PANEL 1: EMPATHY AND PROXIMITY
Proximity to Workers in the Network
The Work We Want, 2015, landing page screenshot
The Work We Want, 2015, We Pay Peanuts game screenshot
“In our project we use the rhetoric of ‘dire predictions’ as a provocation… but let’s take it as an opportunity to do something that is based on the idea of cooperation rather than competition.”
‘Empathy’ and ‘proximity’ bring forth many questions about the selective human dimensions of resilience. Empathy implies questions about how our emotional capacities might produce, and be produced by social, cultural and technological networks. Proximity seems to imply spatial relations, which might take place across geo-political borders or between wild and urban spaces, or perhaps more generally between the local and the global. Proximity might also connote the distancing effect of power structures. We might think about material relations between management and staff, or institutional juggernauts and smaller silos that emerge within them. We might question the behavioural implications of these proximities. For example, how does our distance from or to entities in a network affect our capacity to have empathy towards them?
I want to talk about a project that I have been working on recently, called The Work We Want, which is a cross-disciplinary, collaborative undertaking looking at how the web is transforming the world of work. Funded by digital commissioning platform The Space, this project has had a number of outcomes, including outsourcing work through digital platforms, talking to workers around the world, making infographics about digital labour and sharing a series of video interviews with experts on digital labour – from the owner of a Nigerian freelancer platform to lawyers, policy-makers, workers and workers’ coops. The Work You Want culminated in an installation at the Web We Want festival at the Southbank Centre where we paid the audience in peanuts for tagging our videos about digital labour. We saw that the web is radically transforming the world of work through platforms like freelancer.com. As developing countries come online, transnational digital labour markets provide access for jobs for millions of people in low-income countries. To a certain extent this balances out some existing inequalities in income, but it is potentially rich countries that lose out, because workers in the Global South, who are highly skilled and highly driven, can undercut workers in the Global North by between eighty to ninety-five per cent. The work is highly precarious; it is aggressively competitive on a global scale and effectively un-unionised. This is because the effect of withdrawing your labour is very small when there are so many people who are vying for, and ready to carry out, your work.
Part of The Work We Want was thinking about how we respond to these changes – how do we develop resilient workers in this context? These questions are particularly pressing to art and design graduates who are likely to face freelance work as they move on from their studies. In a faceless, online network, how does a worker trust that they are going to get paid? How does the employer trust that the worker is going to do the work? And perhaps more frighteningly, in online competition, which is often ubiquitous, how does a worker trust that their colleague is not going to essentially take their work, improve it slightly and gazump them at the last minute? Traditionally you have a contract that provides the trust network for you, as when you sign a contract in a traditional employment situation, you know you are going to get paid. This does not happen in online networks. What the platforms do is come up with all kinds of technical solutions to this issue, the main one being a representational system, where employers rate workers. For example, ratings underpin freelancer.com, which is essentially the same as the ratings you see on TripAdvisor or EBay. The Oxford Internet Institute says that representation systems are absolutely vital for workers to secure jobs and remain an attractive proposition to clients. If you have three stars out of five you are going to have a really hard time trying to get work. Furthermore, for employers it is easy to give a bad rating, but you as a worker are terrified to do the same back, meaning that this technical solution just reinforces the power structures that are trying to be mitigated. If we think about ‘trust’ as a technological problem to be solved by a platform, then we will not create resilience for workers. But, if we see it as an emotional capacity to be developed within a community, then we might get somewhere better.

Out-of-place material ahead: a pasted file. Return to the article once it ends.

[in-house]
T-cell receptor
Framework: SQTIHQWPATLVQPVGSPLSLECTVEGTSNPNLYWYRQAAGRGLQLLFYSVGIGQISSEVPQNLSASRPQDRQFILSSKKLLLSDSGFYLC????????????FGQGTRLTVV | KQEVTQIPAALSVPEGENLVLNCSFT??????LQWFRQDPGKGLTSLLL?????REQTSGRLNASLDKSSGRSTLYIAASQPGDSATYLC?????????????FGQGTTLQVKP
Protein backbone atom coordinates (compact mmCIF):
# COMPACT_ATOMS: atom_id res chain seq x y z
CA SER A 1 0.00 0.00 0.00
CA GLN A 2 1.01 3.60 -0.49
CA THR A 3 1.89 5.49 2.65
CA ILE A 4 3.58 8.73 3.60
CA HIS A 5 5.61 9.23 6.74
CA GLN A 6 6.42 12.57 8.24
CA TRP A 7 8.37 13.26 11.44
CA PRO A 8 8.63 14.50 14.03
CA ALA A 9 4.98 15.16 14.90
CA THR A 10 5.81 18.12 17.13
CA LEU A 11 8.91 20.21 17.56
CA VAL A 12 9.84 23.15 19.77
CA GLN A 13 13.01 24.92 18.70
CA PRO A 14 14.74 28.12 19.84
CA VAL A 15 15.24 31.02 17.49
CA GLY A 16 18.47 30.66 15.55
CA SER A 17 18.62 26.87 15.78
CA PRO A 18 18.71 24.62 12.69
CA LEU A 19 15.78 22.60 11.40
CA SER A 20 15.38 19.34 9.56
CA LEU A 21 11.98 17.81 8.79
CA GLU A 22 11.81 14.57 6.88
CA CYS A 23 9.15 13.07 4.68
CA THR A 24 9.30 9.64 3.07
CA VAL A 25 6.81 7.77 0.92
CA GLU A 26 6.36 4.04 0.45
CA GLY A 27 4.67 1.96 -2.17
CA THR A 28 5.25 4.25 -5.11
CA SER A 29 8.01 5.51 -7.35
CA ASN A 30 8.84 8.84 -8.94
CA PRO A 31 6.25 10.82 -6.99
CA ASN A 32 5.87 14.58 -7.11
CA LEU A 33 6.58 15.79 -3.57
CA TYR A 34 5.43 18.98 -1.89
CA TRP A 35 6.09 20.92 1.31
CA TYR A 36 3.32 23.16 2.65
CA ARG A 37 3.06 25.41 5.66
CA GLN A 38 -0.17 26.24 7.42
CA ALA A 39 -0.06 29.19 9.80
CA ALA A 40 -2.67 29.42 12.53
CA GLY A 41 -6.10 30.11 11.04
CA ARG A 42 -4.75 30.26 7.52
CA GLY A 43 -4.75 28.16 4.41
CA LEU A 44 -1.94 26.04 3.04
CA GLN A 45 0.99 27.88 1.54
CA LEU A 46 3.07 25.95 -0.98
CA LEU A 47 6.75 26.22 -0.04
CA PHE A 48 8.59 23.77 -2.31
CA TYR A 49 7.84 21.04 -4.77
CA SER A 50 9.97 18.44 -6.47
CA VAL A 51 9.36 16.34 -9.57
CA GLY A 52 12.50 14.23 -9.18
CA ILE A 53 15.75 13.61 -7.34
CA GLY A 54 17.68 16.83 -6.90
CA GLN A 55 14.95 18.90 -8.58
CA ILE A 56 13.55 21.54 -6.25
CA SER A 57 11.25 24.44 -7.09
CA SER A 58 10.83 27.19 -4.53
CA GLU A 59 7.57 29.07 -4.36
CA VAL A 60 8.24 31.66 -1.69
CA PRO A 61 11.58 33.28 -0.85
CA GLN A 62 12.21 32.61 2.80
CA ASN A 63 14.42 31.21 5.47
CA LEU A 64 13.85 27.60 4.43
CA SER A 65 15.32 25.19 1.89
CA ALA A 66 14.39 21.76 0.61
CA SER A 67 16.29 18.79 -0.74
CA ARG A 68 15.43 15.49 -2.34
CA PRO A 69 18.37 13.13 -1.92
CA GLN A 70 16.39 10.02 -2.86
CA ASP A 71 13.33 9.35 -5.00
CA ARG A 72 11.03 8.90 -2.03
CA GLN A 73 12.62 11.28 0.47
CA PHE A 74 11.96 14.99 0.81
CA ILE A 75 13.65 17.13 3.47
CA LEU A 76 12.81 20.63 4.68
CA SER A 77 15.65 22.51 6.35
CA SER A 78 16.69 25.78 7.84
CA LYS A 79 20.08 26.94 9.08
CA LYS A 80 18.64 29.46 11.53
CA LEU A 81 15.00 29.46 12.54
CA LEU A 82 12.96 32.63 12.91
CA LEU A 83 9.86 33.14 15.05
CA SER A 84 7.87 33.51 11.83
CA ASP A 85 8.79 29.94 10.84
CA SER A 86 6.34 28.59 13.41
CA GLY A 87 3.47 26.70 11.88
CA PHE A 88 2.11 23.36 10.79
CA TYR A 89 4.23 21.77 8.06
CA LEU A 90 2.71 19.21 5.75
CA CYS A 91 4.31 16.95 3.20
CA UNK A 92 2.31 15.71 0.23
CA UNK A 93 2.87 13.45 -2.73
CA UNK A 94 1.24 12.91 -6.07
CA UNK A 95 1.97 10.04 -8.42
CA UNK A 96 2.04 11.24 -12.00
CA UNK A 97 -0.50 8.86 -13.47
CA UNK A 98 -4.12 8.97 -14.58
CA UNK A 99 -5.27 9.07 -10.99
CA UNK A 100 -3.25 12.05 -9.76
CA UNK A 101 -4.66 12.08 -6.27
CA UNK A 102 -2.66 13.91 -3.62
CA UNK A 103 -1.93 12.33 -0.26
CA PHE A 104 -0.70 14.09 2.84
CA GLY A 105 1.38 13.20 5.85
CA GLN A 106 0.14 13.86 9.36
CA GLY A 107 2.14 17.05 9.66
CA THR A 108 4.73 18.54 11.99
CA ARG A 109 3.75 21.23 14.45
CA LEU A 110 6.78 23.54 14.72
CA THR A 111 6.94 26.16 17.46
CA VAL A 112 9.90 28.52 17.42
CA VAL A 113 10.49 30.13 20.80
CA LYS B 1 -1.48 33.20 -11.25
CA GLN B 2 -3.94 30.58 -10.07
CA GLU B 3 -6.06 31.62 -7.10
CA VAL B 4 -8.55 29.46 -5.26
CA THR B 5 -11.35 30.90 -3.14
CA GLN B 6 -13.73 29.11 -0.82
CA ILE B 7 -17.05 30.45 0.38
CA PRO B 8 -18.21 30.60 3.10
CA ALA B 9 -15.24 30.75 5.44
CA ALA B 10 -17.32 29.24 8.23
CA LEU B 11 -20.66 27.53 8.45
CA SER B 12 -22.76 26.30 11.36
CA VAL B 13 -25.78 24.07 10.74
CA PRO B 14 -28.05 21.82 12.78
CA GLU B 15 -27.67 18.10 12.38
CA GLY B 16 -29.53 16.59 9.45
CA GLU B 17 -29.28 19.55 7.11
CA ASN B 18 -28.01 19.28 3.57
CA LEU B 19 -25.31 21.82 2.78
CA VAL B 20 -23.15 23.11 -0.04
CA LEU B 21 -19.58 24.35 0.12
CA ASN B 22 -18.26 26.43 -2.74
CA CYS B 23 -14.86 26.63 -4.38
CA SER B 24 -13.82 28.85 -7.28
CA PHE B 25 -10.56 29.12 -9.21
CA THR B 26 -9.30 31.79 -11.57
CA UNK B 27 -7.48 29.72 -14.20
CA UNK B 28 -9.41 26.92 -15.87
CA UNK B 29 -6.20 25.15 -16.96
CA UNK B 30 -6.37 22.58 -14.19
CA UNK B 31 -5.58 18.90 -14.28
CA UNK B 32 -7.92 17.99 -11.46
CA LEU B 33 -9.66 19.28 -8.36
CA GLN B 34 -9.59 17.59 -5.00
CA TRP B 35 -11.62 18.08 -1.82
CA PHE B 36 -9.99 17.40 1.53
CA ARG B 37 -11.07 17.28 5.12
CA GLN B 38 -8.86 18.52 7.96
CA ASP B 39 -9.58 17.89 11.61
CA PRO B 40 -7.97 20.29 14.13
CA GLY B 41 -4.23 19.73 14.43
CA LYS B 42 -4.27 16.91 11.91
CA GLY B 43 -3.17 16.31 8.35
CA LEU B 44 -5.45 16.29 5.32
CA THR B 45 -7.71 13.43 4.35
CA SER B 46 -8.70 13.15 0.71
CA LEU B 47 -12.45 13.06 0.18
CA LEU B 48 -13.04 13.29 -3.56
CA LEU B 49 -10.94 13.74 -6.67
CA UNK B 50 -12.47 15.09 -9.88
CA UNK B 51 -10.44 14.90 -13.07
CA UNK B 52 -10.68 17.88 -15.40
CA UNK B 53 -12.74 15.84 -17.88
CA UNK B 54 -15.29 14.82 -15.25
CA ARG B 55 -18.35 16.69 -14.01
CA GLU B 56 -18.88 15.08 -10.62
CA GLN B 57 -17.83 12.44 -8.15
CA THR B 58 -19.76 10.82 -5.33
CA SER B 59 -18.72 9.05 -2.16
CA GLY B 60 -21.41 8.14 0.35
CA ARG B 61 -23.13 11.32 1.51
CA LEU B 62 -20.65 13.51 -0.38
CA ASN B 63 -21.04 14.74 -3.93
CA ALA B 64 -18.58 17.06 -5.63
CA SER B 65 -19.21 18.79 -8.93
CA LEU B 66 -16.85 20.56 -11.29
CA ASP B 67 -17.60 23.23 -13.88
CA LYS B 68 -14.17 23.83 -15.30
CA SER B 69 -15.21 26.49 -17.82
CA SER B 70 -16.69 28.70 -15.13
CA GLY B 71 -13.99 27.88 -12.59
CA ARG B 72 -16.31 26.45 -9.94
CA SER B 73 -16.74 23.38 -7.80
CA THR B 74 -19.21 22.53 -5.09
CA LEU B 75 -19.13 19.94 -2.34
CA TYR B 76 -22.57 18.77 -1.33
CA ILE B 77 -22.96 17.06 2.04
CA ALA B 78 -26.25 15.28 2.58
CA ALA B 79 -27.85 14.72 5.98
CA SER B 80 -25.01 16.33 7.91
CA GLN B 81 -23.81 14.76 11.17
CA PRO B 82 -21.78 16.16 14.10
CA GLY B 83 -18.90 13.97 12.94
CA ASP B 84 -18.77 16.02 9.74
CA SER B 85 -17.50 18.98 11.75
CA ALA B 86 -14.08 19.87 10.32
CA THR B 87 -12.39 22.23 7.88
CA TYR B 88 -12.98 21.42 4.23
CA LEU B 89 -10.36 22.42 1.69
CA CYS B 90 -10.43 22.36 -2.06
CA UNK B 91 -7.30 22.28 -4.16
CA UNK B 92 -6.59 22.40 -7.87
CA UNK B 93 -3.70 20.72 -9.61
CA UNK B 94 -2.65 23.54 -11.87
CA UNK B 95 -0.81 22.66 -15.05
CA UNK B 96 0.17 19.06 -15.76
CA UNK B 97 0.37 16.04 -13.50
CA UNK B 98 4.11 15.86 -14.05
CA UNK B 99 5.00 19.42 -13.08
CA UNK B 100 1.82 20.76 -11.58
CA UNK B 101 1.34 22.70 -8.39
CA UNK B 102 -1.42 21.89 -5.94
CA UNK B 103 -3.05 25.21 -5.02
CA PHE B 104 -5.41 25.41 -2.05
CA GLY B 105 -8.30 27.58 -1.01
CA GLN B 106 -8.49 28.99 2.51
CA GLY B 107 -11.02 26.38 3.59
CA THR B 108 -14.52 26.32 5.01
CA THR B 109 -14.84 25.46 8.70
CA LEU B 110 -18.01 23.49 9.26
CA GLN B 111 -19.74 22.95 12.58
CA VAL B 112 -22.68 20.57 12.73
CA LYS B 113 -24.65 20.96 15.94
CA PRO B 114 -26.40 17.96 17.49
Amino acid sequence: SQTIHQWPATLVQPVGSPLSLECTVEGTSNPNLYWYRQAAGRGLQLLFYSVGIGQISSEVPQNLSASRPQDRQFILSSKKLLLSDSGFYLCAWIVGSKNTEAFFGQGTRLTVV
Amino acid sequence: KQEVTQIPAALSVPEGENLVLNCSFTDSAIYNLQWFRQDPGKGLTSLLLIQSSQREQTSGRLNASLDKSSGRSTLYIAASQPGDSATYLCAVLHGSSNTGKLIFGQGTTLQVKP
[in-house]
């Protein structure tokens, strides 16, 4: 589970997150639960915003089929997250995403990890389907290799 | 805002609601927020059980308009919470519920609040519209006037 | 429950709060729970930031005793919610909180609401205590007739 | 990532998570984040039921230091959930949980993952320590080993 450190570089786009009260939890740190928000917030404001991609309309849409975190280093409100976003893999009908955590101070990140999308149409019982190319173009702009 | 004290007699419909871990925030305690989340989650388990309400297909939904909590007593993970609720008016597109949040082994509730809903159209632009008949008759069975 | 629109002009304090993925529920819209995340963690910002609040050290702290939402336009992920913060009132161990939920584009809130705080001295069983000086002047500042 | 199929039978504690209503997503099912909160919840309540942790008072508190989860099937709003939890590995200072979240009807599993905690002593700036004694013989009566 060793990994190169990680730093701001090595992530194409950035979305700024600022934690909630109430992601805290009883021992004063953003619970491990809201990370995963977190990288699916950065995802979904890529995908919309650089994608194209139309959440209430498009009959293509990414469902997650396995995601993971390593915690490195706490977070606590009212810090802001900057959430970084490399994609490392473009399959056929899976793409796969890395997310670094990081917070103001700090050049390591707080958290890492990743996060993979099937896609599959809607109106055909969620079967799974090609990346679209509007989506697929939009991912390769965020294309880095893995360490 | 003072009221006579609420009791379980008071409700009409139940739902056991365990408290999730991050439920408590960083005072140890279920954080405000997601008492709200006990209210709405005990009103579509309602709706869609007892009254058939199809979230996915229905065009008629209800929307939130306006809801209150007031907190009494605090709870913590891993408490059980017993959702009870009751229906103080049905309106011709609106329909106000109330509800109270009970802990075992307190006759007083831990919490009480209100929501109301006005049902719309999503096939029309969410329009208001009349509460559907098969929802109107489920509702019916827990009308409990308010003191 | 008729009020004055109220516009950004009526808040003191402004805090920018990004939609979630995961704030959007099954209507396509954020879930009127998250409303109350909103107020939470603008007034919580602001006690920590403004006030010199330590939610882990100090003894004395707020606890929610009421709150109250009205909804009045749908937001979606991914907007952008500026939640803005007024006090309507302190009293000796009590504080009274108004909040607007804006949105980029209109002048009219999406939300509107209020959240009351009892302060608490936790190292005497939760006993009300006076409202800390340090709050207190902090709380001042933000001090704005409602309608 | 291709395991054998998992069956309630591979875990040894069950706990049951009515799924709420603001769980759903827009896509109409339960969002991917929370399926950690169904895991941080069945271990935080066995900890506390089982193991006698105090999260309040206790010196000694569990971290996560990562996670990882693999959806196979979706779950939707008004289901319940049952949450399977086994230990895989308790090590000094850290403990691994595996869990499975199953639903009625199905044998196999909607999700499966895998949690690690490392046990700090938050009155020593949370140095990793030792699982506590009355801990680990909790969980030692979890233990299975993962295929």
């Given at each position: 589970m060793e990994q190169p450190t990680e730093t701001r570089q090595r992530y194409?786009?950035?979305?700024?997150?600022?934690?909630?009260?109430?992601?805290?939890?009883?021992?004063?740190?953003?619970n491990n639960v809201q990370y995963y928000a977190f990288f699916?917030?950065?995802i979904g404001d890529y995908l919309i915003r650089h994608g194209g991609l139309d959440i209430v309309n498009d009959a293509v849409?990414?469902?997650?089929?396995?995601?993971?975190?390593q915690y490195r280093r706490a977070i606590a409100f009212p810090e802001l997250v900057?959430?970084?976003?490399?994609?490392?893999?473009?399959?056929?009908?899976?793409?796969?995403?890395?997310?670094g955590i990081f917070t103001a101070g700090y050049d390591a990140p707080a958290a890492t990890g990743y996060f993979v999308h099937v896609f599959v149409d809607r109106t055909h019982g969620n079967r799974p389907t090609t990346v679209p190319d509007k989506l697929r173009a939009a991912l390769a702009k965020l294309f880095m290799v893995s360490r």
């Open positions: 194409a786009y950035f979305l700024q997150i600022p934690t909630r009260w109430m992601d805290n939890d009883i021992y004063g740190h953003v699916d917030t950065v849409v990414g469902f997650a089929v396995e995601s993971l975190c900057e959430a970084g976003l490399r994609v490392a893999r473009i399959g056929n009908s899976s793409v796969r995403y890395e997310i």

In our project we used the rhetoric of ‘dire predictions’ as a provocation, but there were much more positive messages in there, which mainly came from a workers coop called Altgen. Altgen is a workers coop that helps other people set up their own coops. Their message is that the situation is terrible, but let’s take it as an opportunity to do something that is based on the idea of cooperation rather than competition. I would say that implicit in this goal is the need for a type of proximity to workers in the network.
Charlotte Webb is an artist researching the impact of the internet on artistic agency and authorship. She works at the intersection of art, technology, internet culture, social media, digital sociology, critical theory and philosophy. She was recently commissioned by digital arts platform The Space to produce ‘The Work We Want’, a collaborative project on digital labour.